In In re Marriage of Black, 155 Ill. App. 3d 52, 507 N.E.2d 943 (1987), the case did not deal with an injunction or other court order that would have abated. Again, the court ruled that upon the death of a party, dissolution of marriage proceedings terminate. In In re Schriver's Estate, 289 Ill. App. 581, 7 N.E.2d 611 (1937), the husband died four days after the wife filed the divorce complaint. The court ruled that the husband's death deprived the trial court of jurisdiction over the parties and the subject matter of the action. In Brandon v. Caisse, 145 Ill. App. 3d 1070, 496 N.E.2d 755 (1986), the issue was whether the trial court could enter judgment in a divorce case after one of the parties dies and whether the case was ripe for judgment at the time of death. The court held that the trial court could not enter such a judgment. In Hook v. Hook, 35 Ohio App. 3d 51, 519 N.E.2d 687 (1987), the court held that the husband's divorce action was abated by his death, and that the ex-parte temporary restraining order was also extinguished. Plaintiff cited Candler as authority. However, the Hook court found Candler inapposite, because an antenuptial agreement had been entered into which provided that "each party hereto may freely sell or otherwise dispose of any or all of his property, now owned or hereafter acquired, by gift, sale or deed, during life, or by Last Will and Testament." The Hook court found no equities weighed in favor of plaintiff as they did in the Candler case.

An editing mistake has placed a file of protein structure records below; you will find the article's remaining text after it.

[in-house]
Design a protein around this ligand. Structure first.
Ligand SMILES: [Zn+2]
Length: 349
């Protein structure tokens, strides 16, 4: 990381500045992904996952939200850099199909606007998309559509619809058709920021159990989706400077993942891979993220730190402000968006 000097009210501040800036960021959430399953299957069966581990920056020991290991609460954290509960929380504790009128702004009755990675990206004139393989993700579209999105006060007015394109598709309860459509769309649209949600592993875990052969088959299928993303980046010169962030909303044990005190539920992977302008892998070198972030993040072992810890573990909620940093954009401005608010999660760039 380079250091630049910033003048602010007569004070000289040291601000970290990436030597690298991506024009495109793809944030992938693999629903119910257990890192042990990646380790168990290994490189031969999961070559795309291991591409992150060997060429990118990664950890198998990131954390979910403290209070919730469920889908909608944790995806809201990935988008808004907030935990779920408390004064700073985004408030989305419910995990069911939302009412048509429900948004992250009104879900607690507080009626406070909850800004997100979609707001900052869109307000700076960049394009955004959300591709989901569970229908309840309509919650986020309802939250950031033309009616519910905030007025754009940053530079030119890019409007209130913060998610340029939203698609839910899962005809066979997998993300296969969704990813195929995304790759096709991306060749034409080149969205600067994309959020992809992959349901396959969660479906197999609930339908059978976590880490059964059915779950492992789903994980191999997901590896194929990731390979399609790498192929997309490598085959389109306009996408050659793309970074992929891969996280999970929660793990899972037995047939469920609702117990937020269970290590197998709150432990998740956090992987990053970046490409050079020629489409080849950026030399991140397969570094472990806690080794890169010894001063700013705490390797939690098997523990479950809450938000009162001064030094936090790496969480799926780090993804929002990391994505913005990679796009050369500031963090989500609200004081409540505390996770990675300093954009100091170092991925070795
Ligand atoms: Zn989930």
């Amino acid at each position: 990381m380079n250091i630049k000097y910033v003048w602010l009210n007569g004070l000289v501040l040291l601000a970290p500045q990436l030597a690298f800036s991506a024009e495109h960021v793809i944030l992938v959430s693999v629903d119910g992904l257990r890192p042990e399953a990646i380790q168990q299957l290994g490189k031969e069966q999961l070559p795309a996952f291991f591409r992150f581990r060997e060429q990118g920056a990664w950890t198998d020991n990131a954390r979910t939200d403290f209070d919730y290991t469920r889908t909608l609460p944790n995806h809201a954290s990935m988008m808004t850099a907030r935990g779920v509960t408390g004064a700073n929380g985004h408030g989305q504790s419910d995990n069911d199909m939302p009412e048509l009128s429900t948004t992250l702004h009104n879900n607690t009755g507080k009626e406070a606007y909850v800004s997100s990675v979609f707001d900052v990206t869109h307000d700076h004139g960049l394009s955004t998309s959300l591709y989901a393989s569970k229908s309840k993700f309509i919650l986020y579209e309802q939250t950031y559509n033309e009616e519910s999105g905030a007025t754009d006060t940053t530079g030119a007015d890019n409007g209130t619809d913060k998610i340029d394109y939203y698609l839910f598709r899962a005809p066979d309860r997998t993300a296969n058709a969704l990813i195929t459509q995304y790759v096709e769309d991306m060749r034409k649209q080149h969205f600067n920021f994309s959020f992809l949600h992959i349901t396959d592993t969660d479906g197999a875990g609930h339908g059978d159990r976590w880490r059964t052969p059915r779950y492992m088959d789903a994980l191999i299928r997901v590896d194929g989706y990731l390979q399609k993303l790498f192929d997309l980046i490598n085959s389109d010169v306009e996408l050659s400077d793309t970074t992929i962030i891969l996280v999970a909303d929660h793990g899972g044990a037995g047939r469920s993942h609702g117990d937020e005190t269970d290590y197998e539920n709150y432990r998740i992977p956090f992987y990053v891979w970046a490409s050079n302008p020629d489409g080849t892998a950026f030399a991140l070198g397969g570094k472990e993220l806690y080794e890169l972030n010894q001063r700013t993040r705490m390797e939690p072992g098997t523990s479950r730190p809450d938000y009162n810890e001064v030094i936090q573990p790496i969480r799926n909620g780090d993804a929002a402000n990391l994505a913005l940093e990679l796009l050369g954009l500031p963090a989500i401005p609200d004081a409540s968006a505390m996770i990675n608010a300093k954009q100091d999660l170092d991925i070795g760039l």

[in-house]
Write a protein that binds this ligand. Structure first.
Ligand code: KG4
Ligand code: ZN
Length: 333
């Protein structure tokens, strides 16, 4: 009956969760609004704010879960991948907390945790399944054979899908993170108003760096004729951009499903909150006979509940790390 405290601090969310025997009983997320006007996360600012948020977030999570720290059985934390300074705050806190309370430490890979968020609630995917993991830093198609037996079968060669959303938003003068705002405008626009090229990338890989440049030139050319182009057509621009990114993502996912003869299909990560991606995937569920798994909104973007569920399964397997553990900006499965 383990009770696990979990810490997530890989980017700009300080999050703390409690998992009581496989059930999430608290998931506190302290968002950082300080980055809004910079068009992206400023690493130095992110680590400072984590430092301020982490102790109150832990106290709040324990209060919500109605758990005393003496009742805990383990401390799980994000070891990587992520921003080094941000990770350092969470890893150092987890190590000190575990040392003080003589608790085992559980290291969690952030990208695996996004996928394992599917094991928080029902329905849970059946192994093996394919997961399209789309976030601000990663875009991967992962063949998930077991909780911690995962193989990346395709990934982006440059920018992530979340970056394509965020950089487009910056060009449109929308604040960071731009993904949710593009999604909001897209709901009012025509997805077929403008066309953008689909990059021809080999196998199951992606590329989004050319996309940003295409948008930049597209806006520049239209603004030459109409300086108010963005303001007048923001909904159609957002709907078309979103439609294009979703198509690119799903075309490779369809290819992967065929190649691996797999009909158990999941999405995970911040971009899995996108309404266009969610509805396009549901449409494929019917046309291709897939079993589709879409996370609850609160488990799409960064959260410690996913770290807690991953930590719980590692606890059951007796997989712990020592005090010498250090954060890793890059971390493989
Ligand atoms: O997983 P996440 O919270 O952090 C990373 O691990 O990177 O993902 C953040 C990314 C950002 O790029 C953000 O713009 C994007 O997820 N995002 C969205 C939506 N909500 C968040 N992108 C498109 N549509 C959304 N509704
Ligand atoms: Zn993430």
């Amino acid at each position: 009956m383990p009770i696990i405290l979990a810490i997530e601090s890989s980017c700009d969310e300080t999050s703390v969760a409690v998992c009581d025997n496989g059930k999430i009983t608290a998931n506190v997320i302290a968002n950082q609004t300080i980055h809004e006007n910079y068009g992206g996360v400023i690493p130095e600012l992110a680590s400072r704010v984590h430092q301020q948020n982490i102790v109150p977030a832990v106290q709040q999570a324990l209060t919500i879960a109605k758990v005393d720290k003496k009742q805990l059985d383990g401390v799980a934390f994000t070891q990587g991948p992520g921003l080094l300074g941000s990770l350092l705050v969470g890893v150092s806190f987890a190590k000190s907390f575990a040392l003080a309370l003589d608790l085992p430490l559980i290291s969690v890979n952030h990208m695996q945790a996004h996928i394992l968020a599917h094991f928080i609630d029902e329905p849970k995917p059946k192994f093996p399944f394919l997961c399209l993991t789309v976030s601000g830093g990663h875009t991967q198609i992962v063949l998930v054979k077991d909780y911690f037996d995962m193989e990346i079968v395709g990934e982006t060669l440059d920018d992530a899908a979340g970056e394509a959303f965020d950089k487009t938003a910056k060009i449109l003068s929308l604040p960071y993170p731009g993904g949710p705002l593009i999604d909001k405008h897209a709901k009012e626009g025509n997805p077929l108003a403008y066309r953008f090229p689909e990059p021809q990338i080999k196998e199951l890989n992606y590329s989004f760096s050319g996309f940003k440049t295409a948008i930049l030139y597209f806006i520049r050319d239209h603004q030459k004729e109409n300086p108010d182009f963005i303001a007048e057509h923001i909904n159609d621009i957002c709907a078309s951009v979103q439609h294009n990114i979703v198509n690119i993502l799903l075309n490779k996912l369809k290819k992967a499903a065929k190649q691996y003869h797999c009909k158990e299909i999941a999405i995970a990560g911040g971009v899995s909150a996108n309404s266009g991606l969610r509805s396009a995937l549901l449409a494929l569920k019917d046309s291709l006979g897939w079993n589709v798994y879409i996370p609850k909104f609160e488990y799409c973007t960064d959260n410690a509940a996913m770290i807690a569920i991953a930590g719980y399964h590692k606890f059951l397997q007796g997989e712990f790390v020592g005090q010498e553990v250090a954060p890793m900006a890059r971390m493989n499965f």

None of those cases support Sogol's assertion that the preliminary injunction dissolved retroactively upon the death of a spouse.

Based upon the foregoing analysis, the judgment of the circuit court is reversed and remanded for further proceedings; and the judgment for Sogol on the interpleader action and on the counterclaim action is reversed and cause remanded.

Reversed and remanded.

HOFFMAN, P.J., and HALL, J., concur.